SPRINGFIELD – As the New Year begins, employers and employees across the State should be aware of new laws taking effect that impact workplace rights.
- “Legislation passed by the General Assembly and signed into law by Governor JB Pritzker in 2022 expands upon and changes certain rights and protections in the workplace,” said Illinois Department of Labor Acting Director Jane Flanagan. “It’s important for employers and employees to be aware of the new laws taking effect January 1st, and those already in effect.”
- In 2019, Governor Pritzker led the effort to increase the minimum wage for workers in Illinois. The law passed increases the wage by $1 every year through 2025. This year the minimum wage increased to $13 an hour, and $7.80 an hour for tipped workers. Workers in the Chicago and Cook County areas should be aware that the minimum wage may be higher there due to local ordinances.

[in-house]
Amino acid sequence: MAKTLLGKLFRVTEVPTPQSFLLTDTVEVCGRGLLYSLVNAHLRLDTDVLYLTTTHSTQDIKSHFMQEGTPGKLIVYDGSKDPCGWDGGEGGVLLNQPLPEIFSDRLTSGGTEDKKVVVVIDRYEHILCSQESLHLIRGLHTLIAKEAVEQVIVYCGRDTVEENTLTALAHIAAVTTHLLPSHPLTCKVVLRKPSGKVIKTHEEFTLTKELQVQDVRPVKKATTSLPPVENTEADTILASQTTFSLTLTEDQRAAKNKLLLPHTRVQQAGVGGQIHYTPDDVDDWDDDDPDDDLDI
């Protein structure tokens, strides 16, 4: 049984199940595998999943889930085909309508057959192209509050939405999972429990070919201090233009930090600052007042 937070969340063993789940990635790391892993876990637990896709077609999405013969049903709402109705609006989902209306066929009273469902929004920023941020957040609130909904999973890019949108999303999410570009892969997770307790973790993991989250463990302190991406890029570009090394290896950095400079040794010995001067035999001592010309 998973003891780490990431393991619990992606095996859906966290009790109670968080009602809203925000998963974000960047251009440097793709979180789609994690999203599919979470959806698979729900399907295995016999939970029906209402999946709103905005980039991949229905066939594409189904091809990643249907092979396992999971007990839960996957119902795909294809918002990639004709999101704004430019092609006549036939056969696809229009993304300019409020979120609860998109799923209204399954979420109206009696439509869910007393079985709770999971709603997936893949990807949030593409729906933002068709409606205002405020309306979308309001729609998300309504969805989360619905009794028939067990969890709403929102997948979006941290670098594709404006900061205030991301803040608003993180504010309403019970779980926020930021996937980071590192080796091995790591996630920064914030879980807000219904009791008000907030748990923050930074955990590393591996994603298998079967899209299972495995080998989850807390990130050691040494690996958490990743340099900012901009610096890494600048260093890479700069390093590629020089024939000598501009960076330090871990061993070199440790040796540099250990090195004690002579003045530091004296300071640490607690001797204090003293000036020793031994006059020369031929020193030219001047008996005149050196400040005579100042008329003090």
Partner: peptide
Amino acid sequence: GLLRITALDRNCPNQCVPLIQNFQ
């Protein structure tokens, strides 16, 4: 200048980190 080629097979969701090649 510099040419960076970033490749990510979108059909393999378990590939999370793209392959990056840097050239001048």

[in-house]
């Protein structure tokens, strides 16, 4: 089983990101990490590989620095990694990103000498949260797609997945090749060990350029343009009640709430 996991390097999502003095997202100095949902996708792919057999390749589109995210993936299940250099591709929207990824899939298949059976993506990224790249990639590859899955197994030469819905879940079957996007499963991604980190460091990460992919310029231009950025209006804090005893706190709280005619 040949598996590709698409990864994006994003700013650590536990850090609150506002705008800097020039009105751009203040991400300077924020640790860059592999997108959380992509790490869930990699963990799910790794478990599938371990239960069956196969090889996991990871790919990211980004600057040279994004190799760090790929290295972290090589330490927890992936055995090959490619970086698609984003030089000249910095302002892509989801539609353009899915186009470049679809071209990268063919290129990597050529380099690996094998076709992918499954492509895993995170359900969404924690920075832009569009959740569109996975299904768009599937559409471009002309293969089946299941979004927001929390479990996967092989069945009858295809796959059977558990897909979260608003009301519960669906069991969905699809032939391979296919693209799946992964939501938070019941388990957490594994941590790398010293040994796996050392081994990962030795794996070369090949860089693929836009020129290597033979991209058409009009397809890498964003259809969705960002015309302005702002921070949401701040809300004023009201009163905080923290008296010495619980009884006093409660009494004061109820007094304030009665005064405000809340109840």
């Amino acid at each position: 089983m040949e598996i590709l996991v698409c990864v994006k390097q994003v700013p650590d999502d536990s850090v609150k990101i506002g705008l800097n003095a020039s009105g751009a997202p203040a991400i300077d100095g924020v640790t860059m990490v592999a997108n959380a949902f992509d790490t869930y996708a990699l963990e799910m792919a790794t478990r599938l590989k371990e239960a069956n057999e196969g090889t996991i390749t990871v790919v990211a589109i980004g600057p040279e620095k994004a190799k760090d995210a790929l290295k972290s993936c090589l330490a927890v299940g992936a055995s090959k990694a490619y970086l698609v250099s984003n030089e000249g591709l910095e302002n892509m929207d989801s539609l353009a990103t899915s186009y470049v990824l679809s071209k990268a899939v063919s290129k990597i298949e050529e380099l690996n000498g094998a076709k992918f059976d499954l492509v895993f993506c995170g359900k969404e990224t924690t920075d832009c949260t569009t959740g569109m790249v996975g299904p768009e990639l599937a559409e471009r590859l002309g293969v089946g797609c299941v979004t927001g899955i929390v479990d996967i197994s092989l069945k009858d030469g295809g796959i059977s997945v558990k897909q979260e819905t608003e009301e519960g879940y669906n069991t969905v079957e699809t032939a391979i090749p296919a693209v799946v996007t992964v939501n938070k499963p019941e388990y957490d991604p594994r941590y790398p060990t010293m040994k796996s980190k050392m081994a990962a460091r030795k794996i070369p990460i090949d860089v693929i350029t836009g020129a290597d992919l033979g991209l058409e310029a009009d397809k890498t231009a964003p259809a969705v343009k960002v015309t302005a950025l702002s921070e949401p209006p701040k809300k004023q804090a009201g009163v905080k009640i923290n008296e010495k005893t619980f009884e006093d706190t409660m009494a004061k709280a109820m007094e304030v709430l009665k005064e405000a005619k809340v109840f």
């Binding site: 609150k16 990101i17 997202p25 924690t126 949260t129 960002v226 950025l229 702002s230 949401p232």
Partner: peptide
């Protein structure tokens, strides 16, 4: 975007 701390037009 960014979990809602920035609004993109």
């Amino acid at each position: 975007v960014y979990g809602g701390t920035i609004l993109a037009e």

- Unpaid leave rights are being expanded for employees. The Family Bereavement Leave Act (FBLA) amends what was the Child Bereavement Leave Act (CBLA) to expand job-protected leave to cover pregnancy loss, failed adoptions, unsuccessful reproductive procedures, and other diagnoses or events negatively impacting pregnancy or fertility. The FBLA also now requires employers to provide leave time after the loss of family members such as parents or siblings. Employees may take up to two weeks, or 10 working days, of unpaid leave time for any of the events covered by the FBLA.
- The amended One Day Rest in Seven Act (ODRISA) gives workers the right to a day of rest every workweek and breaks for meals or rest during daily work shifts. Employers covered by ODRISA must post a notice at the workplace informing workers of their rights under the Act. The notice is available on the IDOL website.
- An amendment to the Employee Sick Leave Act mandates that employers who provide sick leave benefits must allow employees to take leave in the event of a family member's illness on the same conditions under which the employee can take leave for their own illness.
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